Tips For Getting The Most Out Of Therapy
October 04, 2022
Let’s talk about how to get the most out of therapy!
It’s a really big investment in your time, your money, and your resources, so how can you get the most for your money? Let’s talk about it.
#1 – Find a Good Therapist
The first thing is, when you are finding a therapist, make sure you’re getting somebody who specializes in what you’re looking for. If you go to a Psychology Today profile or you Google, and you go to somebody’s website and they list 25 things that they specialize in, they’re probably not a master of anything. Be cautious of that.
#2 Set Goals & Give Your Therapist Feedback
If in the first session or two, if you’re not feeling like this is a good fit for you, then end it and let your therapist know why you’re ending it. Before you even end it though, I would talk to them and say, ‘Hey, I’m feeling like I’m not getting something out of this’, or ‘We’re not talking about the things I think we need to talk about.’
Give your therapist a chance to ‘right the wrong’, because honestly, some days I will approach a client with one style of therapy and another day, I may go another direction. It’s intuitive, so give your therapist a chance to be human and make it right and if it’s still not a good fit, then don’t be afraid to leave and let your therapist know that too.
I do not advise ghosting your therapist. It’s just childish and immature. But, it is okay to say ‘I’m going to try to find somebody else’. They may even have a recommendation for you. In our practice we have a lot of different therapists, and if one’s not working for you, we will recommend another one and no one takes it personally. It’s just part of how you advocate for yourself and get good care.
Another way to make sure you get the most out of therapy is to come with the idea that there should be goals that you want to obtain. Be willing and able to express those goals to your therapist. They should be asking, but if they’re not, don’t be afraid to bring it up. If you don’t know where you’re trying to reach, how do you know when you get there and how do you know when you’re done?
#3 Don’t Cancel Your Sessions
Keep your sessions! If you are canceling or not showing up or you’re supposed to come weekly and you miss often, that can break momentum. It’s not about your therapist wanting you to come to therapy weekly to make more money, it’s about the fact that this is a process. I know for me, if I have a client that I’m working with regularly and we’re building strong momentum and for some reason – vacations, sickness or whatever – we have to spread out, starting back can be like “Whoa, where were we?”. It’s not fresh in my mind or theirs and we have to restart and pick it back up again. If you’re doing that frequently, you’re restarting a lot. It’s going to slow things down and that’s not good for anybody.
#4 Be Honest
There will be times, especially couples work, when one or both of you is going to feel really uncomfortable. We call it ‘being under the spotlight’. I know clients come in and they want what they want and sometimes that’s not what they need.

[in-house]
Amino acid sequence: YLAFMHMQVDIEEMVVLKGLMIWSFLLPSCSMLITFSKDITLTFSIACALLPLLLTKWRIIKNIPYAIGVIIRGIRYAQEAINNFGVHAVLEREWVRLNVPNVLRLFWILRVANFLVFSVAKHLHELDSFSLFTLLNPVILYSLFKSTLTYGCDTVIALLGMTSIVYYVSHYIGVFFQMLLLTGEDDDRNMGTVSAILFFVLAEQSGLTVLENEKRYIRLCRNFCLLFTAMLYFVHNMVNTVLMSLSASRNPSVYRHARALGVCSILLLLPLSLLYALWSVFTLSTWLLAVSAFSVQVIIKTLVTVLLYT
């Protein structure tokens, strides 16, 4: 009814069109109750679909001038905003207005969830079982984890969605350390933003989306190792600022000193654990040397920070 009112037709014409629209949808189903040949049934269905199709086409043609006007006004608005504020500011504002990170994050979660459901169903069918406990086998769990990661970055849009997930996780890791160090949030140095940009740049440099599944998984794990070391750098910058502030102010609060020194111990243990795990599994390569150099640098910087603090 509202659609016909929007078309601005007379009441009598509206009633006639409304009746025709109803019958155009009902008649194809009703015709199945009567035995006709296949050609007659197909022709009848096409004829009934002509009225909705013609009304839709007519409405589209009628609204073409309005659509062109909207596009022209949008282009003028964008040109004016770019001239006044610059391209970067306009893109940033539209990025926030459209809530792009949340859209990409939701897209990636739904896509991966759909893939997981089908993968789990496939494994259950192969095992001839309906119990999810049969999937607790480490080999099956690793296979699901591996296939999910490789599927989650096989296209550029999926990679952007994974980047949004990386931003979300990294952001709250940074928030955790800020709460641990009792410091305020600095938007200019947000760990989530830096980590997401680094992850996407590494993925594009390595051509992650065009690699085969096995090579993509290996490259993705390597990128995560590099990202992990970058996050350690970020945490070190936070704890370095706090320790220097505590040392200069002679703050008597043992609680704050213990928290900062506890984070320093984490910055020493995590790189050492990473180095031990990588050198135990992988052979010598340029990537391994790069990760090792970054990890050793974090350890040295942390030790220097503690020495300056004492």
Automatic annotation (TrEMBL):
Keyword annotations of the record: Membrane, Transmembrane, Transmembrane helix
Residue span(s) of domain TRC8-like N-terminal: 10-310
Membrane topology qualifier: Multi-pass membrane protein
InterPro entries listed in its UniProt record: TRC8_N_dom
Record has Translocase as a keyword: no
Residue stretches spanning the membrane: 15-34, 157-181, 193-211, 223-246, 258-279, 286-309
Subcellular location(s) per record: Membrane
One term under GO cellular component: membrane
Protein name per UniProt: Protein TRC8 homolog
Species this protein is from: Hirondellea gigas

I try really hard, as I think most therapists do that work for me, to be honest. I feel like you’re paying for that. You’re not paying for me to affirm everything you say or make you feel good about yourself when there’s something going on that you need to look at or address and change. Sometimes it’s hard to hear those things, you know?
We all have an ugly side or ugly things in us. Sometimes I see clients trying really hard to hide that. They want me to see the person that they want to be and sometimes we have to get down and dirty to figure out what’s going on and to correct some things. So if you’re somebody that has a hard time hearing feedback without getting really angry or defensive, you might want to talk to your therapist and start your process with that situation because you’re not there to be comfortable. You’re not there to make a friend either, although I adore my clients and like to think that they’re having a good time too, when it’s appropriate. But there’s hard work in this as well.
What to Expect with Therapy
Therapy is an interesting relationship and people who’ve never been to therapy often don’t know what to expect. Hopefully, you experience a place that feels very safe, a place that is comfortable for you to let your guard down and to talk about things that maybe are really hard, if not impossible for you to talk to with anyone else. That’s our job and it’s an important job.
I want you to get what you need when you go to therapy with whomever you choose to see. You can set yourself up to have a better chance at good success by knowing some of these very basic tips. So communicate. Be honest. If you don’t feel like things are going well, bring it up. Don’t be afraid to do that. You aren’t going to hurt your therapist’s feelings. And if you do, then they may not be the right therapist for you. We typically love it when clients set good boundaries, advocate for themselves and speak the truth because we know that’s personal growth.
Therapy. Get some. We all need it.
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